Everyone has likely mismanaged money at some point in their lives. While small things or one-time circumstances can quickly be overcome, larger mistakes and habits can lead to financial disaster. If your finances have started to stress you out, become more than you can handle, or hinder you from accomplishing things in life it’s necessary to make a change. You can start, by quitting some of these bad money management practices listed below:
Making Late Payments
Due dates are provided on bills for a reason. Though most companies will give you a grace period, if you don’t make the payment in time, you’re wasting money on late fees and ruining your credit in the process.
If you’re having trouble with paying on the due date, talk with the company to find out if you can change the date. You might also start paying the bills weekly or bi-weekly so that you don’t have to pay the total balance due all at once.
Not Repaying Loans
Whether you take out a mortgage, student loan, business loan, or cash advances for individuals with bad credit, it is important to repay your loans. Many consumers take on the responsibility of borrowing the money but don’t follow-through when it’s time to pay up. This results in late fees, penalties, ruined credit, and in extreme cases, wage garnishment, income tax withholding, and more.
Pay your loans in full. There are a lot of programs out there for borrowers that may be struggling that you should take advantage of. You can also contact your loan provider and let them know you’re having a hard time. They may be willing to work with you and save you a lot of money on fees, interests, and other adverse actions.
Not Considering Banking Fees
Having an account where you can keep your cash is convenient. However, it could end up costing you if you’re not paying attention to the associated banking fees. Out-of-network ATM charges, insufficient funds fees, and even monthly maintenance fees can add up.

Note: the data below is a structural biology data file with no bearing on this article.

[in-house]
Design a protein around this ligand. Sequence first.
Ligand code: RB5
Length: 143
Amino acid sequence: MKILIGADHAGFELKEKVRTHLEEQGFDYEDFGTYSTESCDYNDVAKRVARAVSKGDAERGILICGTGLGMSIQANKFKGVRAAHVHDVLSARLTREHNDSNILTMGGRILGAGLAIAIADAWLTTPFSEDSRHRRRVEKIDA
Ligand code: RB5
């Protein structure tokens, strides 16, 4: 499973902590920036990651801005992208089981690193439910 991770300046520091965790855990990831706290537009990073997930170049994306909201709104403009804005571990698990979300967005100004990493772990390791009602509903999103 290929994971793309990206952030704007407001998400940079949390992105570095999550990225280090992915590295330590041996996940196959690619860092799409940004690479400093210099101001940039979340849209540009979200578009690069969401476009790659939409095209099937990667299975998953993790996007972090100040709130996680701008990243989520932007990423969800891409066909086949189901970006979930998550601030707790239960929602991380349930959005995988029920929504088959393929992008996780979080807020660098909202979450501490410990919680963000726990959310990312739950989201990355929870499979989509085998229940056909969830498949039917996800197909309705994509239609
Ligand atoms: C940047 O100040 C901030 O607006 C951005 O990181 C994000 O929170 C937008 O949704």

Review fees associated with your account so you can avoid them at all costs. Go to ATMs in the network, make sure that funds are available before setting up payments, and perhaps invest in services like overdraft protection.
Waiting to Save for Retirement
Retirement may seem a long way off, but the time flies by before you know it. Many individuals put retirement savings on the back burner. This, in turn, leads to needing to take a huge chunk of your income later in life to put towards saving, or not having enough to retire on and working the rest of your days.
The earlier you start saving for retirement the better. You won’t be forced to save such hefty amounts later on in life, you can save a lot more, and you can retire without the fear of having to return to work. Putting even $50 every two weeks into an account when you’re 20 over the next 40 years would give you more than $50,000 in savings.
This list goes on and on. There are a lot of bad money management habits that individuals don’t take into consideration. It may not seem like much now, but eventually, it will catch up to you. To avoid stress and reduce the likelihood of you taking on too much debt in the future it is best to change your ways and start managing your money wisely. In the end, you’ll be happier, have more money in your pocket, and can enjoy more things in life.